But there are a few twists to the NOL rules. If your NOL is the result of a theft or disaster, you can carry it back three years. An NOL from farming can be carried back five years. And you may opt to apply all your NOL to future years only, which might not be a bad strategy if you expect to be taxed at higher rates in future years.
Net capital losses, such as from the sale of stocks, can be carried forward (but not back) to offset future capital gains and up to $3,000 of ordinary income. You can also carry forward charitable contributions that exceed 50% of taxable income for up to five years.
It's important to save all records related to carryback and carryforward deductions for at least three years after the year they are applied. If you have any questions about your potential for tax carryback and carryforward deductions, contact our office. We'll help you keep an eye on your tax situation, past, present, and future.
Foreign Asset Reporting: You May Need to File Two Forms
Do you know where your money is? If some of it is offshore, you might have tax reporting responsibilities - and those responsibilities generally go further than checking the familiar box on the Schedule B you submit with your federal income tax return. Here are two.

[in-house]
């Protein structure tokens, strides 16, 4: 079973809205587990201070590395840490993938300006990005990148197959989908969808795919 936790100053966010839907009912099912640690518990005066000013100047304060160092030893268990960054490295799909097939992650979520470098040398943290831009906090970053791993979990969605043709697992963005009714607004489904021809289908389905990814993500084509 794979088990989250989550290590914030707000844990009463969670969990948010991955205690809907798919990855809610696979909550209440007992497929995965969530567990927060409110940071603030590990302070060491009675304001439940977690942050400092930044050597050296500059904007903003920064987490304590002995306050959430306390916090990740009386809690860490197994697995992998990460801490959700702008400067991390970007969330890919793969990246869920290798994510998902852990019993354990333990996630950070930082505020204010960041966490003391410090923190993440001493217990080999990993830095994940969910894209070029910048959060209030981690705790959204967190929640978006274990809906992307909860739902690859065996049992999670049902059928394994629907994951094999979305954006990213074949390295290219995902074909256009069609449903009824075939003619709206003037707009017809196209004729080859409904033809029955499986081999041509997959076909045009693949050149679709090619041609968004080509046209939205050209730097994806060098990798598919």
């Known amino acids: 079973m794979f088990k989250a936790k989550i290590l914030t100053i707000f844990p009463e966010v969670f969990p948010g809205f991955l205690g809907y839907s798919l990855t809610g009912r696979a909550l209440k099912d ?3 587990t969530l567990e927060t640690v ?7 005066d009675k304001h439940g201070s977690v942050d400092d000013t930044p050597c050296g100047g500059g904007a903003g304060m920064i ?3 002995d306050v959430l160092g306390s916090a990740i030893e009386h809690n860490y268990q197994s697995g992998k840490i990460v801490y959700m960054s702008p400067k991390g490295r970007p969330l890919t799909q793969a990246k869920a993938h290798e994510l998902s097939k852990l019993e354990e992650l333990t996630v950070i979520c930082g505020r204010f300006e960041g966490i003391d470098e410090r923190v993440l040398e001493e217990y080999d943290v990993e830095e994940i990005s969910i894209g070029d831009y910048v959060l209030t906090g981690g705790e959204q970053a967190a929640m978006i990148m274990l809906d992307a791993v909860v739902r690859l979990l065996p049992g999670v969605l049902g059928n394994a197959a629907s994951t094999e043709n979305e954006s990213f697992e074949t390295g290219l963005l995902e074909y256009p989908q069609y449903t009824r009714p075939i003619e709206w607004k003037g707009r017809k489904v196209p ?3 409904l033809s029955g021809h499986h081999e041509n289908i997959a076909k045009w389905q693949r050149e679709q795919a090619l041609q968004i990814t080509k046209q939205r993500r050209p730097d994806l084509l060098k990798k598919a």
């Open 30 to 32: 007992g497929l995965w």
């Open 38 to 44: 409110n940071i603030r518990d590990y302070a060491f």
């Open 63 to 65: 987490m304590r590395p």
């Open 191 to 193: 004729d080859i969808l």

1. FBAR. Foreign bank account reporting has been required since 1970, so you may be familiar with "Form TD F 90-22.1," commonly known as "FBAR." Unless you qualify for an exception, that's the form you fill out when you control assets in a foreign financial account and the total value of your account exceeds $10,000 at any time during the calendar year.
The FBAR is an annual information form, filed separately from your federal income tax return. You may need to file it even if you receive no taxable income from your foreign account.
The due date for the FBAR differs from Form 1040 as well. Your 2012 FBAR must be received by the Treasury Department no later than June 30, 2013. No extension is available. "Received by" means you'll need to mail the FBAR before June 30. Since June 30 is a Sunday this year, your return must reach its destination by Friday, June 28.
You can also file electronically.
2. Form 8938. The requirement to file "Form 8938 — Statement of Specified Foreign Financial Assets" began in 2011. Whether you have to complete Form 8938 depends on your federal income tax filing status, and if you're living in the U.S. or abroad.